Status.”Studies in Second Language Acquisition, 1995, 17(2), 129-52.

PREPARED BY THE CENTER

This paper examines the sources of miscommunication in a videotaped tutoring session
involving a native speaker of Korean and a native speaker of U.S. English. Analysis
revealed an initial non-mutual interpretation of participant role and status. These
divergent interpretations appear to have resulted from the Korean tutor’
s transfer of a
Korean conversational routine, which he defined as involving polite speaker modesty, to the
U.S. English context. The initial conflicting interpretations were maintained and
solidified by additional mismatches in discourse management strategies, schemata and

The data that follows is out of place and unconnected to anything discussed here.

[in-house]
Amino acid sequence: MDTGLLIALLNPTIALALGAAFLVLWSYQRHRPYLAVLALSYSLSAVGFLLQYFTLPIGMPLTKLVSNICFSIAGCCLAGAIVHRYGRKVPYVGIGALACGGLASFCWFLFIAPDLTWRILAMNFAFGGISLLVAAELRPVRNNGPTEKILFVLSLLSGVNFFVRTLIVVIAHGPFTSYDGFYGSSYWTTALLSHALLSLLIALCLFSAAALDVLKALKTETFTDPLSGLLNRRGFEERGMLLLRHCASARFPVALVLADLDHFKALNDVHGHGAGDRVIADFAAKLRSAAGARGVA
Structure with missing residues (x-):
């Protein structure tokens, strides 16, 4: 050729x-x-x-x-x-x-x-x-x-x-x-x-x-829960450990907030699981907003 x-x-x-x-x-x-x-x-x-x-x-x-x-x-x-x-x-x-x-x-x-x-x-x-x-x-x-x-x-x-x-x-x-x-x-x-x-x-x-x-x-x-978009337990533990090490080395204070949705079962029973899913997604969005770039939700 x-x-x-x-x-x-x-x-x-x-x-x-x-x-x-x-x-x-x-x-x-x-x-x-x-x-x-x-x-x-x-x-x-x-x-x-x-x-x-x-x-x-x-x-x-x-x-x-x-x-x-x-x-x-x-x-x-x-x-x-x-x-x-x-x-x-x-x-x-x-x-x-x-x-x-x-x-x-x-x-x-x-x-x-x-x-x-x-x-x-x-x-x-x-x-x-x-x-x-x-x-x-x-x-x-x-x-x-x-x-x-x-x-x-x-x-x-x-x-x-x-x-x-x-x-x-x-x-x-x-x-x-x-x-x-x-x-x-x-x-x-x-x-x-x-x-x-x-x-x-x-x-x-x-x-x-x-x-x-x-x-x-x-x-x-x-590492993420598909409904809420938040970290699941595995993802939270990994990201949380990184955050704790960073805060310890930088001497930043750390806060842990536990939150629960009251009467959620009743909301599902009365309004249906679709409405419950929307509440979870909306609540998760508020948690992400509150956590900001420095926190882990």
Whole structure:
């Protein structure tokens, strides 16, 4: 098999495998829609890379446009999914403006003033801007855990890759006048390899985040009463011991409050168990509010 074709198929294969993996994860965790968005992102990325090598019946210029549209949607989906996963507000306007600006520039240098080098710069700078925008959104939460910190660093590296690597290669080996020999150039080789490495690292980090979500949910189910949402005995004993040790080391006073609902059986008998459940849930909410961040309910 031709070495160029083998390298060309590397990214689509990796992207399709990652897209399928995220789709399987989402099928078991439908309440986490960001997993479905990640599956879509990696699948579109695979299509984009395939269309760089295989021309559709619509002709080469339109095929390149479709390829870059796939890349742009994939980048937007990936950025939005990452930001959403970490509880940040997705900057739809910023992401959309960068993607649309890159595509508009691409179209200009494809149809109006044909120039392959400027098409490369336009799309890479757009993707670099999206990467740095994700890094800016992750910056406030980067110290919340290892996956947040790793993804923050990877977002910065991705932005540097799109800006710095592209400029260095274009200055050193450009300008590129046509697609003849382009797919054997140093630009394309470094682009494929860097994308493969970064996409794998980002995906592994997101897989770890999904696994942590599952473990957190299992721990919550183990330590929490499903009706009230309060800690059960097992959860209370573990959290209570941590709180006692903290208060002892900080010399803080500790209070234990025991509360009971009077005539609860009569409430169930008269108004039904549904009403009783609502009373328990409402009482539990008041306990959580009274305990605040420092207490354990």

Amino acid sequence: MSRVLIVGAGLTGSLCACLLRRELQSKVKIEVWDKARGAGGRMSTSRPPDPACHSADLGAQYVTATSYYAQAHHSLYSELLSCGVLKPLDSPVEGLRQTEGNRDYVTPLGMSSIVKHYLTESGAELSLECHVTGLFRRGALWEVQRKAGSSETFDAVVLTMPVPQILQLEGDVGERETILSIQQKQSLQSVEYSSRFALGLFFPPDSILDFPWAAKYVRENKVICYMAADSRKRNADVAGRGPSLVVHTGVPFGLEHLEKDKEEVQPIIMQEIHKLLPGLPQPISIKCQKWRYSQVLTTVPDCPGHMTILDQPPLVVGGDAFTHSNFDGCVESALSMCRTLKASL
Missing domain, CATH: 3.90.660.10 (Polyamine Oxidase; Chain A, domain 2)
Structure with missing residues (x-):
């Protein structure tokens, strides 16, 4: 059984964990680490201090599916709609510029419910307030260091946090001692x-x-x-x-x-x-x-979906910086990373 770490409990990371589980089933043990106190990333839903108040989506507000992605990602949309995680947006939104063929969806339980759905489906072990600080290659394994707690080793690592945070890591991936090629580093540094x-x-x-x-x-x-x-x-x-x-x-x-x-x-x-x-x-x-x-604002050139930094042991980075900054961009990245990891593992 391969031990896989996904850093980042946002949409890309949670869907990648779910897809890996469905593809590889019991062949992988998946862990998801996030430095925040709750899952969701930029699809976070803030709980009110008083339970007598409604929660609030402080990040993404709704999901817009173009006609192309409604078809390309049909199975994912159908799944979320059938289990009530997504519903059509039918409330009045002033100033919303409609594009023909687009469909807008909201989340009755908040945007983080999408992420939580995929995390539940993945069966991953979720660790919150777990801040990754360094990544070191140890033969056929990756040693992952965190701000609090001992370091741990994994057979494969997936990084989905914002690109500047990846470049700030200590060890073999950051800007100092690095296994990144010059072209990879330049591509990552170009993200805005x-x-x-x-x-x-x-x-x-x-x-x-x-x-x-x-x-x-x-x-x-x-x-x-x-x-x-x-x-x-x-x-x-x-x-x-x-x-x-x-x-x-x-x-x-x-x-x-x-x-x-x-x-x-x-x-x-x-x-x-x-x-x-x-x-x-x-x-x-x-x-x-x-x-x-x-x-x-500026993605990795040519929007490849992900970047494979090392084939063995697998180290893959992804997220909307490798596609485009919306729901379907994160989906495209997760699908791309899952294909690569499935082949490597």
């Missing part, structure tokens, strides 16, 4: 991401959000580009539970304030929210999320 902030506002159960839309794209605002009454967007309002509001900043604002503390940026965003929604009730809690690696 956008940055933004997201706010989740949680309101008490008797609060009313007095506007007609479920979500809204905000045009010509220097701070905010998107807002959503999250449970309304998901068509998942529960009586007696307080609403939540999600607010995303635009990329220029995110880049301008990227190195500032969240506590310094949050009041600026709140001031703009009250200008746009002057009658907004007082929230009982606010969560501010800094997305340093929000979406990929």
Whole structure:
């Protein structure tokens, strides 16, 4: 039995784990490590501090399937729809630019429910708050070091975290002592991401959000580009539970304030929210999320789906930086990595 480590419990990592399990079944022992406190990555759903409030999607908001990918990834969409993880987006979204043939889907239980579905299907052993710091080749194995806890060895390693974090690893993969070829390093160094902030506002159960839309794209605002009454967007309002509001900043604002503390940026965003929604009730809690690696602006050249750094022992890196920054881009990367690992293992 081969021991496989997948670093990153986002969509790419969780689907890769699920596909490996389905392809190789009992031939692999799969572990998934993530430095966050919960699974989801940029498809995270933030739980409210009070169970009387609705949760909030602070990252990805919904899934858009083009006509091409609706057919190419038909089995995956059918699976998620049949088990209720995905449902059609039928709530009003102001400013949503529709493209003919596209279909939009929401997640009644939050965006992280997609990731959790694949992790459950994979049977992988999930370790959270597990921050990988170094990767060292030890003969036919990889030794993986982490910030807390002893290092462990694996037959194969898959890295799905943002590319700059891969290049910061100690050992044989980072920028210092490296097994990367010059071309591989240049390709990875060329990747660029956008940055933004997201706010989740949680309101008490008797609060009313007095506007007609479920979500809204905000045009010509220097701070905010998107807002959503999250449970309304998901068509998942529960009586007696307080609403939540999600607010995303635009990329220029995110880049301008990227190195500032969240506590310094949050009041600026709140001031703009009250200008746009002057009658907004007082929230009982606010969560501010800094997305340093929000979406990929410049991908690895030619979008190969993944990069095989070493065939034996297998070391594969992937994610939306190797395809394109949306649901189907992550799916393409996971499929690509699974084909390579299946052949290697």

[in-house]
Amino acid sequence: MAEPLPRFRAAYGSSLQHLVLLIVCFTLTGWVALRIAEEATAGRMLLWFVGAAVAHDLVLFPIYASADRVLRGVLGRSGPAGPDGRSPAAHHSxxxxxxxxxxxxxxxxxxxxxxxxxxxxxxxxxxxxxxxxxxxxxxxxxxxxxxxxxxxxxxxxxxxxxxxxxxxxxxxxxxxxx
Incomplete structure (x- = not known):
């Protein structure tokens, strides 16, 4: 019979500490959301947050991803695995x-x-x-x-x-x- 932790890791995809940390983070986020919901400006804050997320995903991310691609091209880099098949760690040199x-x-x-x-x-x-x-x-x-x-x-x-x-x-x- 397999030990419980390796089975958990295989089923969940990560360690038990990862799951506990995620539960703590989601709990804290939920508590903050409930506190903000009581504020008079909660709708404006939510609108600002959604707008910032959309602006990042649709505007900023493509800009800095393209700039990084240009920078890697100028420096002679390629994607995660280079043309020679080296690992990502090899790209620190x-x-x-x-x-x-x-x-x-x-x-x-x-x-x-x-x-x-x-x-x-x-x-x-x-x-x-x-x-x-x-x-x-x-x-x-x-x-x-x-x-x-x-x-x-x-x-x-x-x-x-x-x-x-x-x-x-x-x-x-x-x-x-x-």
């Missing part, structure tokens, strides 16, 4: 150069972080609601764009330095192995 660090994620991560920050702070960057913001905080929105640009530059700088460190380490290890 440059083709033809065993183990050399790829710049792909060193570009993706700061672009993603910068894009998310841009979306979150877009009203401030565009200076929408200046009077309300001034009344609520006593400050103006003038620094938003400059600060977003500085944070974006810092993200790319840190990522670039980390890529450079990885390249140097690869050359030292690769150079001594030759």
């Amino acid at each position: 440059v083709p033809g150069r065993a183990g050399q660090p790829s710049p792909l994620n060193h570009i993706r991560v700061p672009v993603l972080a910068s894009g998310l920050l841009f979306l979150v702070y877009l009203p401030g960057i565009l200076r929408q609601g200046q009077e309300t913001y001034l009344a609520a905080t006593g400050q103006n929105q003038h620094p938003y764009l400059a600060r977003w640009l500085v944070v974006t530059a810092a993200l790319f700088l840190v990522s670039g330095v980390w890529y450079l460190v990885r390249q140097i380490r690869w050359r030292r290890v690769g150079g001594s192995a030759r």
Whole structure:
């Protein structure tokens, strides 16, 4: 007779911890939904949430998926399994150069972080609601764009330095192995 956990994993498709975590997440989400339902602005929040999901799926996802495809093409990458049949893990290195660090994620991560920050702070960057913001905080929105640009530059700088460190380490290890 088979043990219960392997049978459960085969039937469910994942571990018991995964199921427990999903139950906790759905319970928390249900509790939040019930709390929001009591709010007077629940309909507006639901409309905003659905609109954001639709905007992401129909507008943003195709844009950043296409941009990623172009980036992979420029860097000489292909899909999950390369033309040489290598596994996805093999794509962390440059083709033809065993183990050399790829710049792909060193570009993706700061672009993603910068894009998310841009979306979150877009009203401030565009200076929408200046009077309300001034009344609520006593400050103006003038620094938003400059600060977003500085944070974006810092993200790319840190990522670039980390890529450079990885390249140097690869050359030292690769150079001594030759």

contextualization cues. The cumulative effect of these mismatches was the judgement on
the part of each of the interlocutors that the other was uncooperative.
This paper examines the sources of miscommunication in a videotaped tutoring session in
English involving a native speaker of Korean (as tutor) and a native speaker of U.S.
English. Analysis showed a misunderstanding of each person’
s role and status, with each
initially believing that the other was being uncooperative. The misunderstanding appears to
have resulted from the Korean’
s inappropriate transfer of a Korean politeness routine in
conversation to the English context accompanied by mismatches in discourse strategies,
conversational expectations, and contextualization cues.

Woken

Not so good (even
though longer): This
version contains
more jargon than the
version below does;
the preparer may
have borrowed too
heavily from the
researcher’s
language rather than
explaining (i.e.,
interpreting) when
appropriate.

FOR TEACHING AND LEARNING OF THE UNIVERSITY OF ILLINOIS AT SPRINGFIELD
BROOKENS LIBRARY 460 217-206-6503

W